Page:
24bit/192kHz digitally remastered with original LP replica cardboard sleeve. A compelling title – as the record was recorded at Nola Penthouse Studios in New York, one of the hippest places to lay down tracks at the time – but the cover shows an image of the Playboy building in Chicago, famous from the TV show Playboy's Penthouse, Hugh Hefner's first foray into television! The actual music is equally compelling too – as the record is one of Ahmad's first non-trio sessions, and features some great larger arrangements from Joe Kennedy – backing the trio of Jamal, Vernel Fournier, and Israel Crosby with some light strings that create a wonderfully dreamy feel! Ahmad's piano glides along wonderfully in such a setting – set free a bit more than usual, and really sounding great on tracks that include "Ivy", "Comme Ci, Comme Ca", "Tangerine", "Never Never Land", "Ahmad's Blues", and "Seleritus".
Features 24 bit remastering and comes with a mini-description. Cornetist Nat Adderley's first album as a leader after the collapse of Riverside found him switching to Atlantic and performing eight of his most rewarding compositions. With several brass players, Seldon Powell on tenor and flute, pianist Joe Zawinul (who provided the arrangements), bassist Sam Jones, Grady Tate or Bruno Carr on drums and guest spots by Victor Pantoja and Willie Bobo on Latin percussion, Nat performs such numbers as his greatest hit "Work Song," "Sermonette," "The Old Country," "Little Boy With The Sad Eyes" and "Jive Samba." It is a pity that the music on this valuable Lp has yet to be reissued on CD.
Features 24 bit remastering and comes with a mini-description. The late, great Joe Zawinul is most fondly remembered for Weather Report and for his later leadership of one of the best world-jazz fusion bands, the Zawinul Syndicate. Money in the Pocket, however, represents the Zawinul story earlier on, in 1965, after he had been playing in Cannonball Adderley's band for four years.
Features 24 bit remastering and comes with a mini-description. The title of this 1961 release best sums up this quartet album. There is nothing particularly innovative about this recording, but the level of expertise and musical maturity displayed here is truly astonishing. This is simply straight-ahead hard bop performed by some of the finest musicians in 1960s jazz, including saxophonist David "Fathead" Newman and pianist Wynton Kelly.
Features 24 bit remastering and comes with a mini-description. Brother Jack McDuff recorded an enormous number of albums during the '60s, so it can be difficult to figure out where to start digging a little deeper into his output (which Hammond B-3 fans will definitely want to do). 1967's Tobacco Road stands out from the pack for a couple of reasons. First, unlike many of his groove-centric albums, it's heavy on standards and pop/rock tunes (seven of nine cuts), which make for excellent matches with McDuff's highly melodic, piano-influenced style.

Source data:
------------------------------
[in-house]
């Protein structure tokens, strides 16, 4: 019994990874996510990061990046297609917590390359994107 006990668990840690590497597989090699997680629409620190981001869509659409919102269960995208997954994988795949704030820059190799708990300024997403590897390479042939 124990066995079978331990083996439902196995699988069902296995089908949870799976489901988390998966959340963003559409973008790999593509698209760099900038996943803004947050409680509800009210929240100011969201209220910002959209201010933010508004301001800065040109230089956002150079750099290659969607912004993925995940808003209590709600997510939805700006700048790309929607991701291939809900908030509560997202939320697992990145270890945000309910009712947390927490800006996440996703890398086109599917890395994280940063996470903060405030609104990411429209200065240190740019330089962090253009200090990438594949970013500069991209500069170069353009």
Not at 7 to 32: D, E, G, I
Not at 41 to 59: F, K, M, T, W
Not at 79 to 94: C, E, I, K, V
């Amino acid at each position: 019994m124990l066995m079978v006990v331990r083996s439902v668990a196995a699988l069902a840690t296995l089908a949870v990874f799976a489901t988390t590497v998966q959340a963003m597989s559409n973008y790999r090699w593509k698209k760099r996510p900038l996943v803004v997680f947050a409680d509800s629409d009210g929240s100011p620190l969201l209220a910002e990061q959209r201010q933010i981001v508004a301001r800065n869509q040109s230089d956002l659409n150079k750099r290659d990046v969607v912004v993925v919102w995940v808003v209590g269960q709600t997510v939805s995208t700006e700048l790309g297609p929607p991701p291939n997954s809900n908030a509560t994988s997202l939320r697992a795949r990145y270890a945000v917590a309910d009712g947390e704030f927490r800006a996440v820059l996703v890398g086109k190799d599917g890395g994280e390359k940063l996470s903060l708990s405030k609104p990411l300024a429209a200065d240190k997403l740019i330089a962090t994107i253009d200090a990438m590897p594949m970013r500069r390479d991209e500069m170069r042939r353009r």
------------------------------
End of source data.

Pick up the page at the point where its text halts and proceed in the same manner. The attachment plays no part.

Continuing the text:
Features 24 bit remastering and comes with a mini-description. One of Slide Hampton's first albums – and a massively hard-wailing set that will make any doubters sit up and take notice! The set really packs a punch – as Slide leads a hip group that features Freddie Hubbard, Richard Williams, Bernard McKinney, and George Coleman through some tightly woven arrangements that manage to swing with the grace of small combo work, yet wail with the intensity of a big band. Great solos pop out all over the set – and there's a soul jazz groove that makes the album sound like a classic Prestige session. Titles include "Asseveration", "Hi Fly", "Sister Salvation", and "A Little Night Music".
Features 24 bit remastering and comes with a mini-description. A seminal album that defined the fresh sound of a whole new generation in jazz – that "third stream" movement that was different from the cool jazz of the west coast, and the fire of New York! The style here follows that same mix of jazz and higher-concept elements you'd hear on other Modern Jazz Quartet albums for Atlantic – but the music is expanded here with some great help from outside parties too.
Features 24 bit remastering and comes with a mini-description. Interesting session. Worth a listen. A versatile pianist and arranger, Dick Katz has been responsible for many stimulating and memorable recordings through the years, often as an important sideman and/or producer. He studied at the Peabody Institute, the Manhattan School of Music, and Juilliard, in addition to taking piano lessons from Teddy Wilson. In the 1950s, he picked up important experience as a member of the house rhythm section of the Café Bohemia, with the groups of Ben Webster and Kenny Dorham, the Oscar Pettiford big band, and later with Carmen McRae.
Features 24 bit remastering and comes with a mini-description. Different is right – as this obscure early 60s side shows Chico Hamilton really opening up, moving past the modern chamber style of the late 50s, into the freer modal rhythms that characterized his incredible work of the 60s! The group's the beginning of that sound too – with Charles Lloyd on tenor and flute, Gabor Szabo on guitar, and Albert Stinson on bass – joined by George Bohannon on trombone, who slides around the grooves to expand the bottom of the album's sound nicely!
Features 24 bit remastering and comes with a mini-description. The aptly titled The Warm Sound reunites Frances Wayne with husband and arranger Neal Hefti, adding to the equation a wonderful support unit including tenorist Al Cohn, guitarist Billy Mure, pianist Hank Jones, and flautist Jerome Richardson to yield one of the singer's most delightful and consistent sessions. Hefti keeps his more extravagant impulses in check here, creating a series of sophisticated but appealingly simple arrangements that underscore the breathy appeal of Wayne's vocals. Likewise, warhorses including "'Round Midnight" and "Prelude to a Kiss" prove particularly well-matched to her sexy but sweet persona.